EUR/USD stays within a narrow range

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5 July 2018


The common currency fell against the Dollar during London trading yesterday. Slightly better-than-expected June PMI revisions from the Euro Area published in the morning didn’t manage to support the Euro, with the currency continuing its fall during the second half of the day.

owever, due to the Dollar’s poor performance, EUR/USD ended the day not far from where it started, rising after the closing bell of the London session.

Yuan rises for the second day

Chinese Renminbi continued crawling back from its 11-month lows, supported by a weaker Dollar, PBOC’s verbal intervention and a confirmation by the Chinese officials that China would not be the one to fire the first shots when it comes to the trade war. Both US and China are expected to impose tariffs on $34 billion of the other country’s exports as soon as 6 July. Chinese measures are mirroring Trump’s threats and are a reaction to his decision to punish China for its seemingly unfair trade practices.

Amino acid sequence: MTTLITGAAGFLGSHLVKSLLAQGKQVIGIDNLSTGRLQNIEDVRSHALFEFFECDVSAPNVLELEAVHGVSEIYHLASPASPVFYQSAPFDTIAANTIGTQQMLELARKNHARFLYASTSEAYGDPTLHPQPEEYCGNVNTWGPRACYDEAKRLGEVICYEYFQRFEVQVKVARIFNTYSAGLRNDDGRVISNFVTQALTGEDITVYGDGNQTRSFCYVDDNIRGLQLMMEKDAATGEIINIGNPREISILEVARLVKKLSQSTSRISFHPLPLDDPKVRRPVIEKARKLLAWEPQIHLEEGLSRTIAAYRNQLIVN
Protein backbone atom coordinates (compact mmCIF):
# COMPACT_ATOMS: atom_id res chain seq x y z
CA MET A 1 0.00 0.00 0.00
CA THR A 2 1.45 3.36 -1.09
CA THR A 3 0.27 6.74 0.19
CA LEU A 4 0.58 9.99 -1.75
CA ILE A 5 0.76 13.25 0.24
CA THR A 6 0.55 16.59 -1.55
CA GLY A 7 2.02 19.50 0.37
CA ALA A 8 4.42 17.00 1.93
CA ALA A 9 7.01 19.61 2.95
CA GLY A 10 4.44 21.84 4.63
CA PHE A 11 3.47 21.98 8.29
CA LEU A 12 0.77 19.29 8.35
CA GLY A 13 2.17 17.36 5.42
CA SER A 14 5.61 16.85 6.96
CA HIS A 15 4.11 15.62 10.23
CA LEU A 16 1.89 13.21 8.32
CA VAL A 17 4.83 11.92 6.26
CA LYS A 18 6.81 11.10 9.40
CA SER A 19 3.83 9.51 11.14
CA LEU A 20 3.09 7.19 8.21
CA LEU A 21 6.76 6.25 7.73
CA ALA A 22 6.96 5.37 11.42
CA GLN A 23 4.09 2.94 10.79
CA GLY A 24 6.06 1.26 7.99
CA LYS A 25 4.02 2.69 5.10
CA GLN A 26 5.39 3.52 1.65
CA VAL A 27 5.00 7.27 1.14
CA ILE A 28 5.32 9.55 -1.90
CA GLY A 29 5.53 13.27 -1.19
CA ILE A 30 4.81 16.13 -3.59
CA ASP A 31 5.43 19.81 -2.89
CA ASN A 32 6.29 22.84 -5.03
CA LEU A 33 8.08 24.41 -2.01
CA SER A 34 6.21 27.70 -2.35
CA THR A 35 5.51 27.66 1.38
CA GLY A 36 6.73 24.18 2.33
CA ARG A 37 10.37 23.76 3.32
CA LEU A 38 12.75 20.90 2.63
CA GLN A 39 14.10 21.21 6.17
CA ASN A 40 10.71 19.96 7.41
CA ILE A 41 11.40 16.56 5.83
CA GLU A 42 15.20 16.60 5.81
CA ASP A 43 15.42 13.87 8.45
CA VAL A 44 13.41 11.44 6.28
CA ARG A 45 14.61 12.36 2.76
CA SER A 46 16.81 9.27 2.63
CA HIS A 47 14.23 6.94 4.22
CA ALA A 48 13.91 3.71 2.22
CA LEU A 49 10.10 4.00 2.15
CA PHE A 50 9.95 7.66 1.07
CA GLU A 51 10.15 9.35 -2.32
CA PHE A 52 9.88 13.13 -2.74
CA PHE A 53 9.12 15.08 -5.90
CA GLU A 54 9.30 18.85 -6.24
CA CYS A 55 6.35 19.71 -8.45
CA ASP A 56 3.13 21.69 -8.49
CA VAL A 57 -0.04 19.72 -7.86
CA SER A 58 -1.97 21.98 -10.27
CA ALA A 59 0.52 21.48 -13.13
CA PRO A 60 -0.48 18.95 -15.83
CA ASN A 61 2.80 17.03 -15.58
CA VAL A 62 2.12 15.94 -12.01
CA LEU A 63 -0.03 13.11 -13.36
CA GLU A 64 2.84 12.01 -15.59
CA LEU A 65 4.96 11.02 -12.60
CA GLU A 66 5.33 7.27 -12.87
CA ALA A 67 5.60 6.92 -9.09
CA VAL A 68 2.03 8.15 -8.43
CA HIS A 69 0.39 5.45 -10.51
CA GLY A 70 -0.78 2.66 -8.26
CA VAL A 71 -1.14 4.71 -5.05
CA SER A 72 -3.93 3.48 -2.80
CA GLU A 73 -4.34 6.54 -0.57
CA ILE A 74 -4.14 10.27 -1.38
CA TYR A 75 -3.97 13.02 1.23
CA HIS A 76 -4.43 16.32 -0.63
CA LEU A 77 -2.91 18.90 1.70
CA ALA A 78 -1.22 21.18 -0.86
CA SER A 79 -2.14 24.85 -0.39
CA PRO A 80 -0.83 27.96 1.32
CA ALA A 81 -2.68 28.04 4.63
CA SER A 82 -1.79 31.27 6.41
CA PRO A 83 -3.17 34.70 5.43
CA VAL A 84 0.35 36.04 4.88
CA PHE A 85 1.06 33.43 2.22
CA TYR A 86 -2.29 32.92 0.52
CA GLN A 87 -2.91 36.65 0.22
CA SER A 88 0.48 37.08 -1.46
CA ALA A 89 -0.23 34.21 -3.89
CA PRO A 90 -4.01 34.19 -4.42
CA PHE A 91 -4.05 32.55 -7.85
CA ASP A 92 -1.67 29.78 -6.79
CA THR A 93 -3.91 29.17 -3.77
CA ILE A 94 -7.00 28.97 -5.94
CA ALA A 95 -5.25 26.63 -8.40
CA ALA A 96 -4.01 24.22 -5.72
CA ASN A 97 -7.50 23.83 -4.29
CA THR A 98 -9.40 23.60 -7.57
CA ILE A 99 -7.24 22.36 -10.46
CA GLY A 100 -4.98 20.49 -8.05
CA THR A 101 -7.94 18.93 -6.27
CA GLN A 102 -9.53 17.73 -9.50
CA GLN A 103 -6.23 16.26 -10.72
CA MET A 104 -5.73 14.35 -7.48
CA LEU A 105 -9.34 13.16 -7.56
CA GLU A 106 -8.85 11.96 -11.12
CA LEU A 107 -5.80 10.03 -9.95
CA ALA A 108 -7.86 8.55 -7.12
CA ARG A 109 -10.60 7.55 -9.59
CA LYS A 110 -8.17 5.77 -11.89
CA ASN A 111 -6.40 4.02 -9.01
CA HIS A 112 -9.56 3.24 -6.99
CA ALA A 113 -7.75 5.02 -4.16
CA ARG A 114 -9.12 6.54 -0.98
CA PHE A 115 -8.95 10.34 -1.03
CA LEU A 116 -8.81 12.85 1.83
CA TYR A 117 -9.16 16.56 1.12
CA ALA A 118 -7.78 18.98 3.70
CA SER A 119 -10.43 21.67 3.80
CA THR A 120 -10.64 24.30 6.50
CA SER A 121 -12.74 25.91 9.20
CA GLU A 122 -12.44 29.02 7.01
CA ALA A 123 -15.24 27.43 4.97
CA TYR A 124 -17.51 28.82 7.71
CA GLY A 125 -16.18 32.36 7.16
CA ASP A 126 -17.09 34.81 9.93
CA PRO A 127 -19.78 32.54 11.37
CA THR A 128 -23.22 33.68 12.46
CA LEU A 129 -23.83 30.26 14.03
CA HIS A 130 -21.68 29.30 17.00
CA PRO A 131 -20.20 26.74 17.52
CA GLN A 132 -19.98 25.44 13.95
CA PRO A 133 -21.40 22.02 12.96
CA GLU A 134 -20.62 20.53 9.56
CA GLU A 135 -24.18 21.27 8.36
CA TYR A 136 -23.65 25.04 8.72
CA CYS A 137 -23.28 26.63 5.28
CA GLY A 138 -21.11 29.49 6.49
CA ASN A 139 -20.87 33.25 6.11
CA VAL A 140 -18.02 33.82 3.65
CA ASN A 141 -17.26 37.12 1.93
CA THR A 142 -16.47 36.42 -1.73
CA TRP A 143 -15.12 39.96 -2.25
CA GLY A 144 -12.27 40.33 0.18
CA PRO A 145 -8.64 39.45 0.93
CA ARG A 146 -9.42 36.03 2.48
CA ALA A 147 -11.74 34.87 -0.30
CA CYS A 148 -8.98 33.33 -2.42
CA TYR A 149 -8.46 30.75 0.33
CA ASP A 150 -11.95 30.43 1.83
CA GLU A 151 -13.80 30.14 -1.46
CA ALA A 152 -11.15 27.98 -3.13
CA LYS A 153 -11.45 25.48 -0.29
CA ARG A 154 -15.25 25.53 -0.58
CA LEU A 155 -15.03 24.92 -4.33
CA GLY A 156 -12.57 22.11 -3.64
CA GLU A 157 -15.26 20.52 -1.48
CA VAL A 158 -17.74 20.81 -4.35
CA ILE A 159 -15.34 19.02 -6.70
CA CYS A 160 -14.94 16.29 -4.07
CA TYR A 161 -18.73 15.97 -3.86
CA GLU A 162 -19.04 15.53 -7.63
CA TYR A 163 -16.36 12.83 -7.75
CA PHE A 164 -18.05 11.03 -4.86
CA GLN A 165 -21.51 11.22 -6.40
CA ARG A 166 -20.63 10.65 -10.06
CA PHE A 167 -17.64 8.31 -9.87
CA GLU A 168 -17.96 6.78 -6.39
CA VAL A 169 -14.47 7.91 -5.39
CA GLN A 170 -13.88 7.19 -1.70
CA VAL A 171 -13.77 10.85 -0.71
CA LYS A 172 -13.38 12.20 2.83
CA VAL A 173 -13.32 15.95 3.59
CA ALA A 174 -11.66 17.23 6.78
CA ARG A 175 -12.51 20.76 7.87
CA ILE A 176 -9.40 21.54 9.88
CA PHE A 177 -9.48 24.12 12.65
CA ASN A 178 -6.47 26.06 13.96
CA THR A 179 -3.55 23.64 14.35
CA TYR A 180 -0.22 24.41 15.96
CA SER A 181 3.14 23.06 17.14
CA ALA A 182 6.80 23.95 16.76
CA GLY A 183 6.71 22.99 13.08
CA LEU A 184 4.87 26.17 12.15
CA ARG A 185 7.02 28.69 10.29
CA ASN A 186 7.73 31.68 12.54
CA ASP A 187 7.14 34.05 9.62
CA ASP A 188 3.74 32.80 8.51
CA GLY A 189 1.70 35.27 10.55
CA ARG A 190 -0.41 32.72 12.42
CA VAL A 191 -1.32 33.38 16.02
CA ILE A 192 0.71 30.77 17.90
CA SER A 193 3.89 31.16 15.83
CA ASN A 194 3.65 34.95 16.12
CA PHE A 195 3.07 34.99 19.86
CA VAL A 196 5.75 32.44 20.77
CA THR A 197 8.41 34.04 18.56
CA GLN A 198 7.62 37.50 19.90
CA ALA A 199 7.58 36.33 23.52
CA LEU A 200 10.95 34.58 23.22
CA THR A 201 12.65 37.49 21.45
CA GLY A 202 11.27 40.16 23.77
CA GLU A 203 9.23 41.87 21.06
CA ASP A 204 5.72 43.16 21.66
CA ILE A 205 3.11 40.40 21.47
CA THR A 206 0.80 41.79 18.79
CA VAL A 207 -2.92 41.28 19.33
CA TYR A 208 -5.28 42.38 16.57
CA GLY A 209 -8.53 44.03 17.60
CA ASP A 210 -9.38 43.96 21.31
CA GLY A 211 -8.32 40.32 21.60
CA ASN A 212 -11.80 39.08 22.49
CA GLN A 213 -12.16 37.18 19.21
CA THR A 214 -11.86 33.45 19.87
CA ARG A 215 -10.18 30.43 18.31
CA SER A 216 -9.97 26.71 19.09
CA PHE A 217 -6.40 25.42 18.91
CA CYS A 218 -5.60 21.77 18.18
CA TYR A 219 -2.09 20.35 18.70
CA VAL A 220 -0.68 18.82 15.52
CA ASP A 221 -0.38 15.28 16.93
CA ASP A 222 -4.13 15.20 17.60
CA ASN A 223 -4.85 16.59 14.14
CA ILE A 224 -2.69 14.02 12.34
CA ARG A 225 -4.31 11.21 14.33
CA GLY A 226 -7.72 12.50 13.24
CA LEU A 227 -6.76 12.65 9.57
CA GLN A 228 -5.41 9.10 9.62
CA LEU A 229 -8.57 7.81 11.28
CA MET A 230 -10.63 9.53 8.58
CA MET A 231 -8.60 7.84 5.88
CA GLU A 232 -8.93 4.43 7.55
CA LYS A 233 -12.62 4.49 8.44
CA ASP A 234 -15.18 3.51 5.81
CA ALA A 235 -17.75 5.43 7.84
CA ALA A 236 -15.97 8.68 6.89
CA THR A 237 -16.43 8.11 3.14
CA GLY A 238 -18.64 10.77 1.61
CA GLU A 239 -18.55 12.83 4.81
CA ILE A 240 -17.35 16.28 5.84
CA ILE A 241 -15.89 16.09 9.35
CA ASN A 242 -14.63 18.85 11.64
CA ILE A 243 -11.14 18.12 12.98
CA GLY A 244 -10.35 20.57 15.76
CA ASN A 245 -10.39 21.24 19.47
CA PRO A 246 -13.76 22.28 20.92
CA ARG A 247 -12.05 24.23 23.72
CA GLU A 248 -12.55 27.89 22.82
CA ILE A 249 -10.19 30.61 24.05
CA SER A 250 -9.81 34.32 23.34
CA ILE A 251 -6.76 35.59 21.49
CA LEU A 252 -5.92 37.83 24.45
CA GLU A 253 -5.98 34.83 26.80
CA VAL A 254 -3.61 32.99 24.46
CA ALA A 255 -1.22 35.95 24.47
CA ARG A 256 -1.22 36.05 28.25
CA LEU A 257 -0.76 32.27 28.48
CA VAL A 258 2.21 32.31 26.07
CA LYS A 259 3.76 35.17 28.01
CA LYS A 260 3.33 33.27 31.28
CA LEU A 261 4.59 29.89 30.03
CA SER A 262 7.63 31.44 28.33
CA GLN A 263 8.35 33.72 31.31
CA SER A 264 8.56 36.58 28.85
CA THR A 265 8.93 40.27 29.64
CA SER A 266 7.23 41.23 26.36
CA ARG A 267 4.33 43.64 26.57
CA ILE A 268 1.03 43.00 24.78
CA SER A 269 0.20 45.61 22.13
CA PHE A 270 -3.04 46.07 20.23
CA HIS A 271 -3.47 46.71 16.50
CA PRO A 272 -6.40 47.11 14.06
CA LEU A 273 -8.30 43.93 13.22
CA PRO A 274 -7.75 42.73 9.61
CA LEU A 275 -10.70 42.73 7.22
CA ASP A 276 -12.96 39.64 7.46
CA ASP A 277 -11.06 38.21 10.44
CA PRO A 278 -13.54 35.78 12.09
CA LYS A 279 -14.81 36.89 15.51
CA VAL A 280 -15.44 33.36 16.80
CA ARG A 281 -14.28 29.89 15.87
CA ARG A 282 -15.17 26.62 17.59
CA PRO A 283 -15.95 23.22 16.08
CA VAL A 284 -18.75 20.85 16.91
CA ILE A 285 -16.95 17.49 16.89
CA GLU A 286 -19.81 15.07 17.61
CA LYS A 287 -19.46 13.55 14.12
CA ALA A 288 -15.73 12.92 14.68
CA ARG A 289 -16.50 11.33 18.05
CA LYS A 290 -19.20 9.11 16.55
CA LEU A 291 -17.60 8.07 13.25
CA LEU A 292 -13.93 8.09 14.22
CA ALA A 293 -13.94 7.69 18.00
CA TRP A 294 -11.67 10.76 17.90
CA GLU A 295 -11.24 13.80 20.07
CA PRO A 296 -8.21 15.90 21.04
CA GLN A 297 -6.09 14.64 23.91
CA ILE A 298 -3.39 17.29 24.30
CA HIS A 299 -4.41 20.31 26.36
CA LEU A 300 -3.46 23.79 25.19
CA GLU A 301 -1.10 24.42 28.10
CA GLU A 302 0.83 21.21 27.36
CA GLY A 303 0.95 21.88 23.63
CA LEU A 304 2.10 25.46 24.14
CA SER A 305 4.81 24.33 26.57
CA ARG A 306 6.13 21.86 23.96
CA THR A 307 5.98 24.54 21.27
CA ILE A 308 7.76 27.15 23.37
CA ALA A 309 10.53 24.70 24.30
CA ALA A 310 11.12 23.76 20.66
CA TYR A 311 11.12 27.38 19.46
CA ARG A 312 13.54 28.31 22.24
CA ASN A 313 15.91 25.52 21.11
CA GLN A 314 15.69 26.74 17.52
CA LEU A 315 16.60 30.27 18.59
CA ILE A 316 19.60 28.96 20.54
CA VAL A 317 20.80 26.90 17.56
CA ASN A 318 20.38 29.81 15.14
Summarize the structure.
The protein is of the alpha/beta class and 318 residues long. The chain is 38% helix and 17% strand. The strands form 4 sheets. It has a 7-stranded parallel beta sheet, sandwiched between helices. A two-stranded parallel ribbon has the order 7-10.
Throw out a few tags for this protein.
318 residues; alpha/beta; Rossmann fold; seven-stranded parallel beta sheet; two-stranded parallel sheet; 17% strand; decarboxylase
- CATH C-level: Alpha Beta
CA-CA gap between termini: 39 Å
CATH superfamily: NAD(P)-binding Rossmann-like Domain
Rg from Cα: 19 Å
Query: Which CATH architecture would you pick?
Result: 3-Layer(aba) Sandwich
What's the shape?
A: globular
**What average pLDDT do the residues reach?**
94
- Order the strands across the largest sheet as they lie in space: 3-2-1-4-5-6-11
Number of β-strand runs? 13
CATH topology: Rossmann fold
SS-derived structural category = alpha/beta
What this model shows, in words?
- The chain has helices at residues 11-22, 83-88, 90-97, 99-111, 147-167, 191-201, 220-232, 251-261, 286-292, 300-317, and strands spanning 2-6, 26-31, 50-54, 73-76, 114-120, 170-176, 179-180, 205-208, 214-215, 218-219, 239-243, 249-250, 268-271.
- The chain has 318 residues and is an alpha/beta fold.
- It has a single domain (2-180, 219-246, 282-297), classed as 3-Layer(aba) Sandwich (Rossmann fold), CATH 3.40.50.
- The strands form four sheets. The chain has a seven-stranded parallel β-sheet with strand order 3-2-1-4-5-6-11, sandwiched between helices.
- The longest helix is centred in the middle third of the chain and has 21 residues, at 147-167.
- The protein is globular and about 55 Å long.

The Chinese Yuan was not the only one to rebound yesterday. Some other emerging market currencies received support from the calm market, in particular, all of the most liquid CEE currencies, that were heavily pressured by recent trade tensions appreciated yesterday, with Hungarian Forint leading the gains.

Another positive surprise on the data front supports the Pound

Sterling continued its rebound yesterday, helped by the Dollar weakness and another positive PMI release. The data showed that the activity in the service sector rose from 54.0 in May to 55.1 in June. The index is currently at an 8-month high. The positive surprises we are seeing this week are potentially confirming that the slowdown in the economic expansion in the first quarter probably wouldn’t last, as the Bank of England suggested during its last ‘Super Thursday’.

Today we will get a real cascade of information. Among many central bankers speeches and new releases, the most important to follow will be Mark Carney’s speech, new ADP numbers and weekly employment data from the US. Investors will also look at the new PMI/ISM data from the US, a release that got delayed due to Independence Day. The most important, however, should be the minutes from the last Fed meeting.